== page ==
To get into the house you walk through their weird smelling garage, I still couldn't describe the smell to you, the closest I could come to is "Sickly Sweet."

Then you come to the foyer with the basement leading off to the right and the living room on up ahead. To me the scaryiest part of the house was there basement.

Walking down the linoleum steps into the basement, you decend into a dark gloomyness. The smell of stale smoke and metal is prevalant down there and if you glance into the first room that you come to you would be confronted with a bear head, it's glassy eyes stare at you and the bear seems to snarl at your discomfort. If you looked further you could see all sorts of other taxidermy hanging on the walls, the deer antlers and latter the elk head. All of this interspersed with mounted guns and western themed pictures.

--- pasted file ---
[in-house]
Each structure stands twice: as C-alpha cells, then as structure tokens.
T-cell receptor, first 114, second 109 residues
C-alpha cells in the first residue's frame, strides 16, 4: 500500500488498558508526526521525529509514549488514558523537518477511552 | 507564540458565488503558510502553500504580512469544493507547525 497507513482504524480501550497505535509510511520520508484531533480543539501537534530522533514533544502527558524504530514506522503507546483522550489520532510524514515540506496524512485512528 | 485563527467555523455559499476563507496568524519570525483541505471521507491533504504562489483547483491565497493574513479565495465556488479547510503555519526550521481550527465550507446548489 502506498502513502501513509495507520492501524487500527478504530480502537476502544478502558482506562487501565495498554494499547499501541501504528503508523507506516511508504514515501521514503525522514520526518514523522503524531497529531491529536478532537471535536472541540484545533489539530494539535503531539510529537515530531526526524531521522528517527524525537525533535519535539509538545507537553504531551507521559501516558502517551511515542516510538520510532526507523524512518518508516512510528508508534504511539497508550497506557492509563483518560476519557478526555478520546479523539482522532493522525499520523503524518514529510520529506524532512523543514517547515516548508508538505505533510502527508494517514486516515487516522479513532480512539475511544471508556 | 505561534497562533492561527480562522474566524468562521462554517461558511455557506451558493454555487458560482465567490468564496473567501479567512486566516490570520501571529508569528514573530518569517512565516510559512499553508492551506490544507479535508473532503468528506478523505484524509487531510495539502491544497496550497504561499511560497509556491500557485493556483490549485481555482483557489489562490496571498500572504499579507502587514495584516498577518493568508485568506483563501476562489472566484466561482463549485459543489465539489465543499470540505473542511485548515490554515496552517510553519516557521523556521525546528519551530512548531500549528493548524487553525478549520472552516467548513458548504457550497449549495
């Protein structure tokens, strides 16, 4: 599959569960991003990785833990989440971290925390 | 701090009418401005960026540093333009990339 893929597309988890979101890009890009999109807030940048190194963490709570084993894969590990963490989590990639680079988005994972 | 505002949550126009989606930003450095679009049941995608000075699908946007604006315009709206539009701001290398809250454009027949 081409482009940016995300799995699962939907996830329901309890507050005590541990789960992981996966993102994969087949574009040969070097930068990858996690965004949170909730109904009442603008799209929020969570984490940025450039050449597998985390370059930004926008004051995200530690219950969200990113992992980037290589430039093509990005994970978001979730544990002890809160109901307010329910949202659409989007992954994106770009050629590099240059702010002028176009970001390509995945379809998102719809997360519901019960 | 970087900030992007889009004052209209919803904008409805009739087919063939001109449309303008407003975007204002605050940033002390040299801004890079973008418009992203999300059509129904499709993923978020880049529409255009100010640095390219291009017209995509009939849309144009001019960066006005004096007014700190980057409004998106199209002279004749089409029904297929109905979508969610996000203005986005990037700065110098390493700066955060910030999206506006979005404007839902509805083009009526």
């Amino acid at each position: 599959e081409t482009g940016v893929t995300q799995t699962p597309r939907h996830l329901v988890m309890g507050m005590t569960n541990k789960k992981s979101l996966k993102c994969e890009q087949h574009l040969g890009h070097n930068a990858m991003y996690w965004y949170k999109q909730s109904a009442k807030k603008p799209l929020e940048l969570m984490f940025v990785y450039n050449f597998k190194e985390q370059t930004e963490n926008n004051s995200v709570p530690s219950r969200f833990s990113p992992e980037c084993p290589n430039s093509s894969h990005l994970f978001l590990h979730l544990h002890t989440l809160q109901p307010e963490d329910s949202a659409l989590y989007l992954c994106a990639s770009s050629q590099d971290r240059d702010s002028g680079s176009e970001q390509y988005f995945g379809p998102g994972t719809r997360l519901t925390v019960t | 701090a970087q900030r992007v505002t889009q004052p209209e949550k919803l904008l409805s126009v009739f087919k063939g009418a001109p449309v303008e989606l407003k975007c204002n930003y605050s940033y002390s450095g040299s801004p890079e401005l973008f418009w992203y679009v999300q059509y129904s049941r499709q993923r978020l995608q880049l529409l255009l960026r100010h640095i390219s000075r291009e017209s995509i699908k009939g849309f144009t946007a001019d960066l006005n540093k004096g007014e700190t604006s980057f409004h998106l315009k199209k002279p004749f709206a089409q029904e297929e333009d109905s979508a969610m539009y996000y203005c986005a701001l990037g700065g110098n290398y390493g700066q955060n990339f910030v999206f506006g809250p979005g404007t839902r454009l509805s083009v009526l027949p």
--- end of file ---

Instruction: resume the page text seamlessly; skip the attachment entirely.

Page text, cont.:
One other thing about Uncle Mo's house was his dog Nipper, we were both fascinated and scared of him. He did live up to his name, yet he was also funny because he would bark at the television screen if it showed any horses. My Uncle called the horses Ol' Rosco, after his horse.

Anyway... Dad bought the old red van from Uncle Mo. Then he fixed it up with bench seats in the back and a table that could be lowered to form a bed. Then the whole kit and caboodle was covered in brown carpeting. This is the van that they used to move us to our new home after Grandma Dorsey died.

Dad has a funny habit, the couch seems to suck him in and he gets stuck there sometimes. Though he is a hard worker, he installs heating and air conditioning units around town (and sometimes out of state).

Dad used to bring us around to his job sites and we would entertain ourselves by walking around picking up screws and nails. It was really fascinating to walk around his job sites, through the framing of the walls, imagining what each room would be. Dad once added the copper plating to the spire of a new church that was being built, don't know how he ended up with the job.

Dad always had random screws and nails, hinges, bolts, and nuts. Odds and ends, bits of wire, pipes and other pieces of metal all a conglomerate of stuff that he kept in the basement and then later the shed that he laid out and built.